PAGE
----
Quite often, the students who are facing the greatest challenges are also the ones with the fewest resources. One respondent noted the lack of "accessibility for students with disabilities and students with low income and limited personal resources and independence." Also: "Students with mental health issues are not dealing well with new ways of operating." The quantity of what is now needed with respect to the full range of student support is, at the least, daunting. Another respondent described the difficulty of "making accessibility accommodations at such scale, and with so much that is still not accessible (e.g., software, simulations, etc.)," And: "Students with learning disabilities or those with financial and emotional challenges are the most at risk at this time. Our institutions are challenged to meet the needs of these students."

The problem of sustaining student engagement is also substantial. Some respondents observed that students can go silent, leaving instructors and others "unsure if offerings are reaching all students, or if students are just floundering without complaint." The goal is "keeping students engaged and . . . in their courses until the end of the semester" so that they can cross the academic finish line.

Clearly we are witnessing a collision of instructional paradigms. On a par with the challenge of connectivity, the other nearly universal challenge is to assist faculty as they move away from their usual teaching methods to ones better suited for the current circumstances. Shifting conceptual paradigms can be difficult, even in the best of circumstances. In a time of flying the plane while building it, the challenge is formidable. Many instructors need to leave behind techniques they know and feel confident about and adopt new, unfamiliar ones.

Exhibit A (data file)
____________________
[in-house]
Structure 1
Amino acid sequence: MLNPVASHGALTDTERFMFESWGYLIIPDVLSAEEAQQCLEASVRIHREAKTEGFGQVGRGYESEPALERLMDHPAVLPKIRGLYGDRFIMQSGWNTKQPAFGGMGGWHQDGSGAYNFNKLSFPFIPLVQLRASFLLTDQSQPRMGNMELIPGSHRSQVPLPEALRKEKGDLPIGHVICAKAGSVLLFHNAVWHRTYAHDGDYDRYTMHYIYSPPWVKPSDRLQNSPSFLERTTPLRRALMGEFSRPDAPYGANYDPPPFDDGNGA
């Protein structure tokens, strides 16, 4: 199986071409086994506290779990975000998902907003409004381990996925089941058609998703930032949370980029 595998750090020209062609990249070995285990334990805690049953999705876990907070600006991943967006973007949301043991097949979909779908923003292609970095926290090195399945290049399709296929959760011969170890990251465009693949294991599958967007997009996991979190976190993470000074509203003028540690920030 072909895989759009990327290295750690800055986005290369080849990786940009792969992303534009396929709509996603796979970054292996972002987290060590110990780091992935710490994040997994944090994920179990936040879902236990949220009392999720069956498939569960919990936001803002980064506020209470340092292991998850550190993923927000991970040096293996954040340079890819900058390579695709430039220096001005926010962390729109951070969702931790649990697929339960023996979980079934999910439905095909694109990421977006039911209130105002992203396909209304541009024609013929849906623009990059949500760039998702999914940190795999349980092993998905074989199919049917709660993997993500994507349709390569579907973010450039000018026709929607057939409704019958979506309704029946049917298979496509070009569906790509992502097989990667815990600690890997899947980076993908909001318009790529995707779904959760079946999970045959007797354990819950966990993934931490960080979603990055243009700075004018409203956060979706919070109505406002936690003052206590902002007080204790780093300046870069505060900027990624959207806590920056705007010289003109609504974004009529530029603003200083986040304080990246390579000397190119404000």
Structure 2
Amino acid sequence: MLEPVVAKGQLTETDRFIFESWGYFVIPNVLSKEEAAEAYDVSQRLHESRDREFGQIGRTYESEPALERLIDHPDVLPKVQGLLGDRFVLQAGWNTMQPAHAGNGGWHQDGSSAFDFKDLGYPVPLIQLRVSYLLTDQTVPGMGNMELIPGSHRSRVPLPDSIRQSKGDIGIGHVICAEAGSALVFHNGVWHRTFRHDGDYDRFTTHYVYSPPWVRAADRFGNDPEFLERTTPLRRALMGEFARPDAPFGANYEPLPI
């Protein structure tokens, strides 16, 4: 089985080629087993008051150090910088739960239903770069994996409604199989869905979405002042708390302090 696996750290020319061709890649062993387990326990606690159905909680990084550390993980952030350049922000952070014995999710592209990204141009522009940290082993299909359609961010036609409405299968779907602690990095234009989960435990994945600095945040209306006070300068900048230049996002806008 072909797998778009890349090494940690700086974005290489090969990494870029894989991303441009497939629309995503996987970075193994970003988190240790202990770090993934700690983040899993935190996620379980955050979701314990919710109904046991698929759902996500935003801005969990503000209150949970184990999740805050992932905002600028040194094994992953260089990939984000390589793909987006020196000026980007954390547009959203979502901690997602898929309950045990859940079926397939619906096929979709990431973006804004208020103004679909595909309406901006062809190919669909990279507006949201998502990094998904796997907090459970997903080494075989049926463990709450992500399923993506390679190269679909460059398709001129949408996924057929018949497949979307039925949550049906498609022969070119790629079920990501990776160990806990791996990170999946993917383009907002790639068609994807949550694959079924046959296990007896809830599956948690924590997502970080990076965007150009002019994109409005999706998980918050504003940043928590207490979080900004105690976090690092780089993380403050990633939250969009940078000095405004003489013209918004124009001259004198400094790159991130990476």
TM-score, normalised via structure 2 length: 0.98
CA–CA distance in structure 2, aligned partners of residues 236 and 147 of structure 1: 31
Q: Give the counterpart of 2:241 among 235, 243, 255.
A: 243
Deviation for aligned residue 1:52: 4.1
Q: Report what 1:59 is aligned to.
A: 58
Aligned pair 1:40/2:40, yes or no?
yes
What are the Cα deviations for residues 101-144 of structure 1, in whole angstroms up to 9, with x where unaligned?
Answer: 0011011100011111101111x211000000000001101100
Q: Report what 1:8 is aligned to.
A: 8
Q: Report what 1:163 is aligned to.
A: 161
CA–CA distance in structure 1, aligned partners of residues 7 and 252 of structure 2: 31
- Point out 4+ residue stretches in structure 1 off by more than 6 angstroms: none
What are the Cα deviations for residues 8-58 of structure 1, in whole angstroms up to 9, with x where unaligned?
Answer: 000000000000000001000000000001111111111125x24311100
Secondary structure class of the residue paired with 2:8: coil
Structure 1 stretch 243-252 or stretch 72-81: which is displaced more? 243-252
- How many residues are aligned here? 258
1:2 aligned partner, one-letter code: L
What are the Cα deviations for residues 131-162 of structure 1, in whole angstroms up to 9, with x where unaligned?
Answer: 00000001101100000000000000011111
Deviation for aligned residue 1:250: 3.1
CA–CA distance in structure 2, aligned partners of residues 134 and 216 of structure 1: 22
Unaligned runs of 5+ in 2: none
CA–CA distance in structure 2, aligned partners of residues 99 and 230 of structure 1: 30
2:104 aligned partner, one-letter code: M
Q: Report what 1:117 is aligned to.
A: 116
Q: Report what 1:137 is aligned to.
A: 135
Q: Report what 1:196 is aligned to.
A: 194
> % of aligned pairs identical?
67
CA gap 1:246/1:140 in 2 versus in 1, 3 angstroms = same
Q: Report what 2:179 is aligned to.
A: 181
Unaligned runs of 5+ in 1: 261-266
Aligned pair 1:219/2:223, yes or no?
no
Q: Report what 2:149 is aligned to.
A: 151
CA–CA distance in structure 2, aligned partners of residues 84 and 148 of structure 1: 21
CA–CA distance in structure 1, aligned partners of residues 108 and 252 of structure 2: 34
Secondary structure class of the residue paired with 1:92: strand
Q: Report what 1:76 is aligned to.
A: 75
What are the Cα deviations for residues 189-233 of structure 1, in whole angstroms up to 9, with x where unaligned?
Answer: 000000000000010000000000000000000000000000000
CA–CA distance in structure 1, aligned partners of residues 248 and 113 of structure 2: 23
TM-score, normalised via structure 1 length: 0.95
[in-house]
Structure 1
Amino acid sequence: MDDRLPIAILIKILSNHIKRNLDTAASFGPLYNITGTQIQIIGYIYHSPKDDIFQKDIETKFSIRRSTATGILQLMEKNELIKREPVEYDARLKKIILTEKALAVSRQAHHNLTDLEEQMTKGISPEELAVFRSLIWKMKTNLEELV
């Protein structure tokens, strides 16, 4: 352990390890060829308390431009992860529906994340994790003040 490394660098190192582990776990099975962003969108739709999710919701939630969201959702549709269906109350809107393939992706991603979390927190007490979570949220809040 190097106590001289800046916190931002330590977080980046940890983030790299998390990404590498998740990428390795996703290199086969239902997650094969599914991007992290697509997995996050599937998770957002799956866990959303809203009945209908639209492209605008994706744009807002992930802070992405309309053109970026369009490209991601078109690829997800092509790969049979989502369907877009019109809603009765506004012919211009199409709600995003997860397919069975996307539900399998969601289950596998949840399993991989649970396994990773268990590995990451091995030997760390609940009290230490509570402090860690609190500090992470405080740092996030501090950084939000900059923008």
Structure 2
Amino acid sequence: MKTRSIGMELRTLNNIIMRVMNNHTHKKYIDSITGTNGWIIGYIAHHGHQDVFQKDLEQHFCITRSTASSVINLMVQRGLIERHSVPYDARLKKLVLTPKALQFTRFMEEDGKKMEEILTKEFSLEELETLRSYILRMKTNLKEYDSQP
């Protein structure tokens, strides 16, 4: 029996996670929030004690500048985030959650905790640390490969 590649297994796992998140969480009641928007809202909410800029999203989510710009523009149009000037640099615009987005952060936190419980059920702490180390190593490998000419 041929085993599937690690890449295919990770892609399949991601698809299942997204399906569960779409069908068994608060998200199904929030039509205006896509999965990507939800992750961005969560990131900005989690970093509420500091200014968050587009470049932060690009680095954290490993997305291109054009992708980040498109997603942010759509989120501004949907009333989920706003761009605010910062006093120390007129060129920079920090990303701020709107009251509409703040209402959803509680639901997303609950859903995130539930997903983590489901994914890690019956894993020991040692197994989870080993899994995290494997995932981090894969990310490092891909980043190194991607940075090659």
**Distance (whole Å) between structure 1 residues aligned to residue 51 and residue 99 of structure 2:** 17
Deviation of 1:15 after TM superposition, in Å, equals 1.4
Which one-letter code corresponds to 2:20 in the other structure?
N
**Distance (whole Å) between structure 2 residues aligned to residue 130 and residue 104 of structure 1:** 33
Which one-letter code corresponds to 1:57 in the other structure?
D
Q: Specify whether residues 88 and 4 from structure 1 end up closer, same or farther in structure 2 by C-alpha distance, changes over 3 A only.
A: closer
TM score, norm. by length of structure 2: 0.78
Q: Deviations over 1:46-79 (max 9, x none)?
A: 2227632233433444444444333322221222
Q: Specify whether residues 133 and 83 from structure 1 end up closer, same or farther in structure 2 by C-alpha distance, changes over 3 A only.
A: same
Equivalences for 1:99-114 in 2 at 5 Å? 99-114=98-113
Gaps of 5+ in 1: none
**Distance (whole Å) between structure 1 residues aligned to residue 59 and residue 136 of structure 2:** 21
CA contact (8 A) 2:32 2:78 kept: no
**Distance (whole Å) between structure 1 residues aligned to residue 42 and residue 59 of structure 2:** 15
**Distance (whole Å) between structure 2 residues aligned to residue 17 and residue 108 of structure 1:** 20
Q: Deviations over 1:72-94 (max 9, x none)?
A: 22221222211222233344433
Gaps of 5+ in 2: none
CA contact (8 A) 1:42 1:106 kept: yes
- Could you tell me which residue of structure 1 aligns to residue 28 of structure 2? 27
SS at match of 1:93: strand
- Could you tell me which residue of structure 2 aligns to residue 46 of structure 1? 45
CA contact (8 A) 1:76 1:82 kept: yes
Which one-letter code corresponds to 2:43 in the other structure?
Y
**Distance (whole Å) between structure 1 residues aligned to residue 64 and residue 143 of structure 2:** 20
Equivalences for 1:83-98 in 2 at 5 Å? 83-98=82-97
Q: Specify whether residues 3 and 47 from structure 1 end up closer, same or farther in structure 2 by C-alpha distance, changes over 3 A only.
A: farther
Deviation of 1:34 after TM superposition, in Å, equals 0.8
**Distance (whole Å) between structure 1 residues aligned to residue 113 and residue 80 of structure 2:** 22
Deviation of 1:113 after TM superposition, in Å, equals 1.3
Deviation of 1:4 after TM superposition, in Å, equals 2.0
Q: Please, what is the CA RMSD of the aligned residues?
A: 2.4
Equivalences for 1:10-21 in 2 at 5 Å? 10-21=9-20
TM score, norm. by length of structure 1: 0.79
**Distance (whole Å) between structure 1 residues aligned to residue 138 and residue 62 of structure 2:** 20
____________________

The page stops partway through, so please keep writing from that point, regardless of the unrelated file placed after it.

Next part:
We see this when respondents note that some faculty are "wanting to make the online experience exactly like the F2F one" and are "insisting on synchronous learning." As some wrote, they are helping faculty to understand "the difference between online teaching and simply recording a Zoom lecture." And: "Many lecturers were using face-to-face tutoring approaches and have no experience with teaching or assessing online."

The difficulty of shifting to new instructional paradigms varies across institutions. Programs that were already fully online do not have this challenge, of course, and at those colleges and universities with substantial online learning already in place, the challenge is not as severe. And certainly these difficulties are not true for all faculty. One respondent noted, "Faculty and students are transitioning over to the online courses easily, with a few small hiccups along the way."

In an ironic contrast to the paucity of connectivity, another challenge arises from the over-abundance of online tools and applications. In the rush to get online, many instructors naturally reach for familiar resources and applications that fit their needs. But much like COVID-19 itself, this rapid spread of diverse toolsets can result in impossible support loads for staff. For students, faced with learning new applications for each class, this variety increases the problems associated with remote learning. As one respondent put it: "We have a course management system, but faculty are free to use whatever platform and method [is] most comfortable to them to conduct online courses. This means students have no consistency and are learning multiple systems and philosophies." Another respondent hoped for "a more standardized set of tools that can offer consistency for students." Finally, because support staff are so few relative to the need at many institutions, some faculty have received assistance from their students: "In many cases, students are trying to help out faculty who are struggling with technology [and] who are teaching remotely for the first time."